2015 – January Newsletter

Posted on: January 1st, 2015

Reef Chiropractic Care            

Dr. Brian C. Baker



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The Paleo Diet


Food Politics



























Making resolutions every new year seems to be asking for trouble, in my opinion.  Making life changes is a process.  I’m all for making healthy choices and stopping bad habits, but why the added pressure of making New Years the starting point?


When you’re ready to get regular exercise, or to learn a new skill/hobby, or to eliminate sugar and go low carb….then start.  Expect to have days when you fall short of the mark.  It’s OK.


When you’re ready to address the stress in your life, or to start getting more sleep, or to cut down on the alcohol or to quiting smoking…. then take the next step and begin.  If you slip up and revert back to bad habits, forgive yourself and get back on track.  No regrets. Only resolve to get it right, most of the time.


The same applies to those who have dropped regular chiropractic care for their chronic conditions.  Get back on track. No judgments.


Due for a tune up?  Use this moment to call or go to our website and request an appointment. 


As always, please feel free to share this newsletter with friends and family.


Restore Balance

The body has an innate intelligence that relies on proper balance and coordination in order to function correctly.




Music can relieve pain, reduce stress, improve healing 

Classical music has been shown to lessen stress in waiting rooms, and music has been linked to reduced opioid intake for pain patients and reduced nausea in cancer patients. Experts also have suggested music can have an important role in patient healing with chiropractic services.  Of course we find that mellow 70’s rock is our therapy of choice.  Read more.



Back-Related Leg Pain: Chiropractic more effective

Back-related leg pain (BRLP), such as sciatica, is often disabling and causes more work loss, medication use, and health-related costs than uncomplicated low back pain. Nonpharmacologic interventions, including spinal manipulation, exercise, and education promoting self-management, are increasingly recommended as low-risk treatment strategies. Here is a comparative effectiveness of these interventions for reducing pain and improving function.                         Ann Intern Med



Migraine may raise risk for Bell’s Palsy

Individuals who experienced migraines had double the risk of developing Bell’s palsy compared with those without the condition, a study in Neurology found. The study didn’t establish a causal association, but it “suggests that these two conditions may share a common underlying link,” researcher Dr. Shuu-Jiun Wang said.  

According to background information in the study, between 11 and 40 people per 100,000 develop Bell’s palsy each year. Most recover completely.   Source



Kale Salad with Citrus Avocado Dressing

Enjoy this healthy salad with crunchy, sweet and creamy notes.  Click on image.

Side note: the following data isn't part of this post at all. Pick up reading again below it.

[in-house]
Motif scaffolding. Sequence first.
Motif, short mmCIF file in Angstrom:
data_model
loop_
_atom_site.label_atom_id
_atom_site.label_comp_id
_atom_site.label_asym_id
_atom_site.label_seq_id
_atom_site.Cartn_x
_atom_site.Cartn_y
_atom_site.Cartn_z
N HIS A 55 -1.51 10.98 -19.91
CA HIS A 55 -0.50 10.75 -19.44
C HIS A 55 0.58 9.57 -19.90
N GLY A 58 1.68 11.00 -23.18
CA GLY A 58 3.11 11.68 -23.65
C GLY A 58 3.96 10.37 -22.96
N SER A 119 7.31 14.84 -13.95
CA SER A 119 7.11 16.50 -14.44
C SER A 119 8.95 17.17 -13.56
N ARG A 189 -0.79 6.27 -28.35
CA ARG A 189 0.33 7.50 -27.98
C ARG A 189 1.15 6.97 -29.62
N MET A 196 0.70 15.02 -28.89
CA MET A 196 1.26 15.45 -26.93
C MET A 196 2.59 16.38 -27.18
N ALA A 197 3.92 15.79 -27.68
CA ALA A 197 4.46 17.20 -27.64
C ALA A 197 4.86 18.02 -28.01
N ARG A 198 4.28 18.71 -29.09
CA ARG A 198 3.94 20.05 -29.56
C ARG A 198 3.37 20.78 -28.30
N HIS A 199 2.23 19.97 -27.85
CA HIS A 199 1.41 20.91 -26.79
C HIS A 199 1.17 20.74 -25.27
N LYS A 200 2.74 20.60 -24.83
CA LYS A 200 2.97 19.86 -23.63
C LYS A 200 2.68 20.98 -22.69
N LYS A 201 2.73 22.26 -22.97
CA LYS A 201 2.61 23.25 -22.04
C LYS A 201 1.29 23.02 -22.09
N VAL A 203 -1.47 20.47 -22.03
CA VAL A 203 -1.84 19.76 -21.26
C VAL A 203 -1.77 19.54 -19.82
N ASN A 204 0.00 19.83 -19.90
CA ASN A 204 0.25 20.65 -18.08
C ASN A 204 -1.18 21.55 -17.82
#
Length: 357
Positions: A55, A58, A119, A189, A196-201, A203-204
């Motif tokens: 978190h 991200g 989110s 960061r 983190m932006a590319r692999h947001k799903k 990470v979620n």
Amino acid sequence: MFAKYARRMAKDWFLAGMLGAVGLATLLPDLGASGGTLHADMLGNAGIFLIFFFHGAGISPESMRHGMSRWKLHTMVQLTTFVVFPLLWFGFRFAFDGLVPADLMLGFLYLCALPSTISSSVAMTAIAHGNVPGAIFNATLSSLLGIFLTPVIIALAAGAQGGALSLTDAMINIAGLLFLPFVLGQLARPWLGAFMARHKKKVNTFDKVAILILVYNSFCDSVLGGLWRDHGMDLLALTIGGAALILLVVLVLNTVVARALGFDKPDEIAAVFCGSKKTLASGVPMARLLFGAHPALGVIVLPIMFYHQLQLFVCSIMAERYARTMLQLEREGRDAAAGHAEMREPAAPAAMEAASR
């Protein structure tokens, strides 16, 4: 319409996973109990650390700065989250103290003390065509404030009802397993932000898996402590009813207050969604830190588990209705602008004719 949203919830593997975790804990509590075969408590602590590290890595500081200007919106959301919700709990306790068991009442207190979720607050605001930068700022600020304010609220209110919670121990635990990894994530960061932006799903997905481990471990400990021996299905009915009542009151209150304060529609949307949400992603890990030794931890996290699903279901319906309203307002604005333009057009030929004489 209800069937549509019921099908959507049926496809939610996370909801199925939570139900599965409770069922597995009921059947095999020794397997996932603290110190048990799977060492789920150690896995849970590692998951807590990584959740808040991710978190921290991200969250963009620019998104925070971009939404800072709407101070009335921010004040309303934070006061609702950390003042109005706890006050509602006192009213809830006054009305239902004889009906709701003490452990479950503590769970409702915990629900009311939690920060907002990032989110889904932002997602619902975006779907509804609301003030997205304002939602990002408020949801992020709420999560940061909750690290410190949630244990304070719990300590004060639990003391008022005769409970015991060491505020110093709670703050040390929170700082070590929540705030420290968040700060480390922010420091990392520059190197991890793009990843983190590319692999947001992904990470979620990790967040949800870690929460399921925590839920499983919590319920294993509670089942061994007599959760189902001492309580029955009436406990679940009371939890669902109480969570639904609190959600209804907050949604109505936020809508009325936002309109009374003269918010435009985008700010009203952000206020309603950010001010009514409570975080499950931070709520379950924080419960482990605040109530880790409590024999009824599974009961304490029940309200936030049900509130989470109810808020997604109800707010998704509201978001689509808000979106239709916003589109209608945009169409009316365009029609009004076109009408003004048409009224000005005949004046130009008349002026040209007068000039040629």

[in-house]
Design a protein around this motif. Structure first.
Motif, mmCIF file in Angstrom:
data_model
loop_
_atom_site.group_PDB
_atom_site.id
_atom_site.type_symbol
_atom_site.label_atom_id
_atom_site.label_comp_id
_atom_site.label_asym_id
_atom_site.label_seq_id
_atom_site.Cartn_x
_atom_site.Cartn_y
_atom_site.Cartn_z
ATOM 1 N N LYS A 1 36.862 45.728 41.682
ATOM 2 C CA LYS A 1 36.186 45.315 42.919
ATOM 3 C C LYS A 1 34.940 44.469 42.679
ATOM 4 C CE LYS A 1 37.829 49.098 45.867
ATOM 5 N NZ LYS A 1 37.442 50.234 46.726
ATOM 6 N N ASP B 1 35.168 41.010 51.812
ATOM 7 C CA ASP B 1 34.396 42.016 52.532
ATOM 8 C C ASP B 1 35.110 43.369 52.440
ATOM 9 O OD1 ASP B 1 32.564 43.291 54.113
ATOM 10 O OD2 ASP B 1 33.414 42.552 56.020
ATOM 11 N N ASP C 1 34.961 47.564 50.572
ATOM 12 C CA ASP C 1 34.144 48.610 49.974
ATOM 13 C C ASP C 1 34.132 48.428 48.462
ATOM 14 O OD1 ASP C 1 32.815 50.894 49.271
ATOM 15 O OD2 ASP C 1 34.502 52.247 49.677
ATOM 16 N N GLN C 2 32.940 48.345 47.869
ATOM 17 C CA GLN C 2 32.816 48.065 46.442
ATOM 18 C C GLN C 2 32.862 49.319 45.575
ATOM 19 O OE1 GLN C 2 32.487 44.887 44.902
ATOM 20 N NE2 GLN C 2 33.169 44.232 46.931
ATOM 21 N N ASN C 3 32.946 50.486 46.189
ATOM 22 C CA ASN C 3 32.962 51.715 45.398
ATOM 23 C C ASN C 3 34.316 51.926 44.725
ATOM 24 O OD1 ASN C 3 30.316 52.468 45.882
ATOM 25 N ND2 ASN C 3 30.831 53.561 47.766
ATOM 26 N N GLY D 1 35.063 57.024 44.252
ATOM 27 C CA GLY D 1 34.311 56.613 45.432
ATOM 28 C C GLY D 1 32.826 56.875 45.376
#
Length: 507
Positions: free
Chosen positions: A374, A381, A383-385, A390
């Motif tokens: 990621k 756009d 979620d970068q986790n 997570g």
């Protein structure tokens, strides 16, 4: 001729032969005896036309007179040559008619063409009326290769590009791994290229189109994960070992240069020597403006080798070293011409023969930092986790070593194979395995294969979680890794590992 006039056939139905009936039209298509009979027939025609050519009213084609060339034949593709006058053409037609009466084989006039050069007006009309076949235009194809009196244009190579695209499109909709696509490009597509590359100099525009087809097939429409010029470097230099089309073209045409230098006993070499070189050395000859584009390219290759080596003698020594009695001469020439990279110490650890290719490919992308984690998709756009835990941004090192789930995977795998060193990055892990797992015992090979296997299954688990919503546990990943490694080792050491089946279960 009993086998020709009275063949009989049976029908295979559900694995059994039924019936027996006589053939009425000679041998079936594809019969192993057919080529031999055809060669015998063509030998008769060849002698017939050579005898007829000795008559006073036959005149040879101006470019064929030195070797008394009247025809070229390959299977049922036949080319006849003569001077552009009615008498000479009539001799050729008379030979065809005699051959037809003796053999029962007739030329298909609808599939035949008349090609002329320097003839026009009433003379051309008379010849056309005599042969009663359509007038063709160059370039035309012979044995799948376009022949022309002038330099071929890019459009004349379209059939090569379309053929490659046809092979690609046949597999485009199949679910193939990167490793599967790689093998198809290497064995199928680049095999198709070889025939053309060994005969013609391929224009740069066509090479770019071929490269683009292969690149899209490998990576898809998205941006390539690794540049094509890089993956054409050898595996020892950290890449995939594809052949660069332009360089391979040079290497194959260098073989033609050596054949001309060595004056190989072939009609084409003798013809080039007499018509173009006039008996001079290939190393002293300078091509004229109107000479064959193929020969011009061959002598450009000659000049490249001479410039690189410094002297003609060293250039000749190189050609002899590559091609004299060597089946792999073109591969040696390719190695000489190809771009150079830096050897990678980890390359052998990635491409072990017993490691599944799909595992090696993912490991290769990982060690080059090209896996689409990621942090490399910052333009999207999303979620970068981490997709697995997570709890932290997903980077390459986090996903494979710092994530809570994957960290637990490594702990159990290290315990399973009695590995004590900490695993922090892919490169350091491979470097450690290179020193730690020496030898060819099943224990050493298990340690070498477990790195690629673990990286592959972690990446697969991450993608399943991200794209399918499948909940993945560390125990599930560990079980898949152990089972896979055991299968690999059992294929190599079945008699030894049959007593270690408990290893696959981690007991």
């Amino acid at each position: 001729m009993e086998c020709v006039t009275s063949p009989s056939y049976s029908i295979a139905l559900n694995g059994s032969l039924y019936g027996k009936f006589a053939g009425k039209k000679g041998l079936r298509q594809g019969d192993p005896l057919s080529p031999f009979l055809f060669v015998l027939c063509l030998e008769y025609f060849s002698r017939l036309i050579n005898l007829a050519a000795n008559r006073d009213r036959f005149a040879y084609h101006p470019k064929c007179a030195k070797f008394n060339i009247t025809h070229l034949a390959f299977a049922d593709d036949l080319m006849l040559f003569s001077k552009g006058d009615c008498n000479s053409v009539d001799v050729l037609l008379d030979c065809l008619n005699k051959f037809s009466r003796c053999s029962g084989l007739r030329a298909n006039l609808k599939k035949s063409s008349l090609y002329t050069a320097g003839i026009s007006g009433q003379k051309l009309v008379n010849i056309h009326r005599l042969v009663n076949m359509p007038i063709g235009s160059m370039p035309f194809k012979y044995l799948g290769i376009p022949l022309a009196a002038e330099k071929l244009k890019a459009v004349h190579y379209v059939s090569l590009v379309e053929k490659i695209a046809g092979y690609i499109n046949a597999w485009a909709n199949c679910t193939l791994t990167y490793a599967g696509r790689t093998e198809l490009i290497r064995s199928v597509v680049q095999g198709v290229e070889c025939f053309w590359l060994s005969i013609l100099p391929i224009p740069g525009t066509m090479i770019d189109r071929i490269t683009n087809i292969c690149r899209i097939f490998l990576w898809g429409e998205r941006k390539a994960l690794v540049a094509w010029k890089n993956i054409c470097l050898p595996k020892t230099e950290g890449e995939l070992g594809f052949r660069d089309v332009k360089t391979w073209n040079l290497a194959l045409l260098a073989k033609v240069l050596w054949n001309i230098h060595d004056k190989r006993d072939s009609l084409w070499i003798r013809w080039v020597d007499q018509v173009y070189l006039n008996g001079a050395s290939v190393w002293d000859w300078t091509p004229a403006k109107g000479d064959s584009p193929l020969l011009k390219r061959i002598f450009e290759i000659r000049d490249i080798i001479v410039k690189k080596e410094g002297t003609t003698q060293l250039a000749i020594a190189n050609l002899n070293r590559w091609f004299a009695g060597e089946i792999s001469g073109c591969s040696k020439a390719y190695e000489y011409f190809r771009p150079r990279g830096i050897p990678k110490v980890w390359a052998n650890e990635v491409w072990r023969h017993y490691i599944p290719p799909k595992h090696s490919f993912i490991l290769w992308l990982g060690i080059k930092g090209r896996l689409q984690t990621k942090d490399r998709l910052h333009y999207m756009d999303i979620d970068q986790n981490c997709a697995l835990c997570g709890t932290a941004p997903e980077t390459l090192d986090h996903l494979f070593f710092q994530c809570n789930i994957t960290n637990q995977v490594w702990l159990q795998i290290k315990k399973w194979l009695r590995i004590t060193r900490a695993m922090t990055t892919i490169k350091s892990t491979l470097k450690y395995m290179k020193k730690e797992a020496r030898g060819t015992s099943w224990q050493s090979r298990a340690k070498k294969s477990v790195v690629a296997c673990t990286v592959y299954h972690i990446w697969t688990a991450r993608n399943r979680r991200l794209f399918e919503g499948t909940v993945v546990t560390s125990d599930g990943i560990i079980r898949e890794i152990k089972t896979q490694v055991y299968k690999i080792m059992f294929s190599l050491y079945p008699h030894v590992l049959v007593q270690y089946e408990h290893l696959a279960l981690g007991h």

Study supports the theory that men are idiots 
The theory that men are idiots and often do stupid things is backed up by new evidence. The findings are actually based on an analyses of gender differences in idiotic behavior. Worthy candidates of idiocy include a man stealing a ride home by hitching a shopping trolley to the back of a train, only to be dragged two miles to his death before the train was able to stop; and the terrorist who posted a letter bomb with insufficient postage stamps and who, on its return, unthinkingly opened his own letter.   Science Daily

Questioning Medicine: Why is Tamiflu still around?

Ever get conflicting information about taking medication for influenza?  In this issue of Questioning Medicine, the author discusses his reasons for a belief that there is no clinical benefit associated with the use of Tamiflu.  Article



Higher Dietary Carbohydrate Associated with Lower HDL
HDL is commonly referred to as “good cholesterol,” as clearly higher levels are associated with a reduced risk for accumulation of atherosclerosis within the walls of arteries, especially the arteries that supply blood to the heart.
While so much attention is focused on total cholesterol, as well as LDL, which unfortunately has been given the name “bad cholesterol,” it seems clear that it is fair to explore what can be done to raise HDL since it is so important for vascular health.
As it turns out, diet does in fact playing important role in determining a person’s HDL level. In a study appearing in the American Journal of Clinical Nutrition, Canadian researchers evaluated the diets of 619 Canadians of either Aboriginal, South Asian, Chinese, or European descent who had no previously diagnosed medical conditions.
The researchers were particularly interested in the amount of carbohydrate intake in comparison to HDL,  and what they found was really quite profound. In comparing those who diets were highest in carbohydrate consumption with those who favored a lower carbohydrate diet, those who ate the least amount of carbohydrates had an HDL that was, on average, 11% higher.
So this is a very interesting report in that it again validates the importance of a lower carbohydrate, higher fat diet in terms of, in this case, an important cardiovascular risk marker, HDL.
In this day and age, when lipid profiles tend to pave the way for pharmaceutical intervention, it’s really nice to know that there is good science that validates the notion that food does and should factor into the equation.


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